These are a very useful technique in IWAN as they simplify paths and configuration a good deal. What is VRF (Virtual Routing and Forwarding)? Basically it allows multiple instances of a routing table to exist on a router and work simultaneously. This is useful as it allows network paths to be segmented without using multiple devices. Effectively in an IWAN design you put your wan interfaces into a separate VRF (front-door you see) and this avoids some recursive routing problems you may be familiar with using GRE (more on that later).
Recursive routing with GRE
If you are familiar with configuring DMVPN you may be aware that you can get yourself into a pickle when it comes to routing, and in particular, recursive routing. So if you are using a routing protocol for your overlay and another for your underlay, there could be a conflict here. For example, if you learn your route both inside and outside of the tunnel for the same prefix, well the router gets a little confused.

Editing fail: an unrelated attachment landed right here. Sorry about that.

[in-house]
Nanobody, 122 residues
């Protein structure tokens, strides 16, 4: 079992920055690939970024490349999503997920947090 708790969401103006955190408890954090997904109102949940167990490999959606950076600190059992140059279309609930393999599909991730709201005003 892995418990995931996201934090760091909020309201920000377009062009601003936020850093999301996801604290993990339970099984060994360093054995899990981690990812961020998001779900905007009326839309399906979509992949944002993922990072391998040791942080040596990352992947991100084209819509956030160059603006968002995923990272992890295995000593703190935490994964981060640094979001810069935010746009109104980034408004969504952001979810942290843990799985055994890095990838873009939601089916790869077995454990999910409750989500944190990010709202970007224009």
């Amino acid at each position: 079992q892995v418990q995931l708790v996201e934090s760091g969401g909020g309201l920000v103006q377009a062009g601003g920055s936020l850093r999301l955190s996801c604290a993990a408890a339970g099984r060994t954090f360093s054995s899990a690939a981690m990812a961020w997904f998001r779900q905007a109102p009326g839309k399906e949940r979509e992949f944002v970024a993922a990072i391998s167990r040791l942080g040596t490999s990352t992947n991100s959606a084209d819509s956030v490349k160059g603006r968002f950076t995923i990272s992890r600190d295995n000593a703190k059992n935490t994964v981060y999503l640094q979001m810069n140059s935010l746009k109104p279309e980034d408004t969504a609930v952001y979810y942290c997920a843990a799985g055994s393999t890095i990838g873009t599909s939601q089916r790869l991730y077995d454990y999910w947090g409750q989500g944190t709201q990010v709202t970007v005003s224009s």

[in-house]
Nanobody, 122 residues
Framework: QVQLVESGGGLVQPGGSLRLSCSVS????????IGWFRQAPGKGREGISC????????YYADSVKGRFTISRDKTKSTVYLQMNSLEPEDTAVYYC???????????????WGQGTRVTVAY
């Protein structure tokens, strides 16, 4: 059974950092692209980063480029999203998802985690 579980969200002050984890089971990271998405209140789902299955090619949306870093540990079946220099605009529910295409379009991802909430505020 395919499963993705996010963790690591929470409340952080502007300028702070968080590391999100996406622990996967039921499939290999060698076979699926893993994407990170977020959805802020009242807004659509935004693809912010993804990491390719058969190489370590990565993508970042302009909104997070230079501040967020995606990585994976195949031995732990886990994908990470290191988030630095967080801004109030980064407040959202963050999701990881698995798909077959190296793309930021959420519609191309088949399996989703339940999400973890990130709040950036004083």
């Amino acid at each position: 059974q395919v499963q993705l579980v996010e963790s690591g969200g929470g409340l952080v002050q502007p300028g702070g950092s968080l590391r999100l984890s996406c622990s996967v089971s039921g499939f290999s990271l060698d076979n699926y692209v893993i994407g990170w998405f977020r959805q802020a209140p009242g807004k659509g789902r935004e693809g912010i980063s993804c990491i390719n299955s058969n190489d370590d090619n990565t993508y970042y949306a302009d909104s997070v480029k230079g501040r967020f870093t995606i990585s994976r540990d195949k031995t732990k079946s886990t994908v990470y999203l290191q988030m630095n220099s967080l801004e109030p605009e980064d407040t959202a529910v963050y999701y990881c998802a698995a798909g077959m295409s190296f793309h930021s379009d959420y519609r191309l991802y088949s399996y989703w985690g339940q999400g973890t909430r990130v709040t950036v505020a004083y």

If you have ever seen “Tunnel temporarily disabled due to recursive routing” then you know what I am talking about. The first time you bump into this it can lead to furrowed brows and prolonged head scratching until the light-bulb fires.
So here is the crux of this issue:
If, for example, you have two routers with NBMA (Wan) interfaces addressed at one end with 10.10.1.10/16 and 10.12.1.12/16 at the other, well these are on different networks so you use a routing protocol to get across any intermediate hops to the other end. Say we use OSPF for this. E.g Router_A (10.10.1.10/16) – Router_B(ospf) – Router_C(ospf) – Router_B(10.12.1.12/16). These are also your tunnel end-points remember.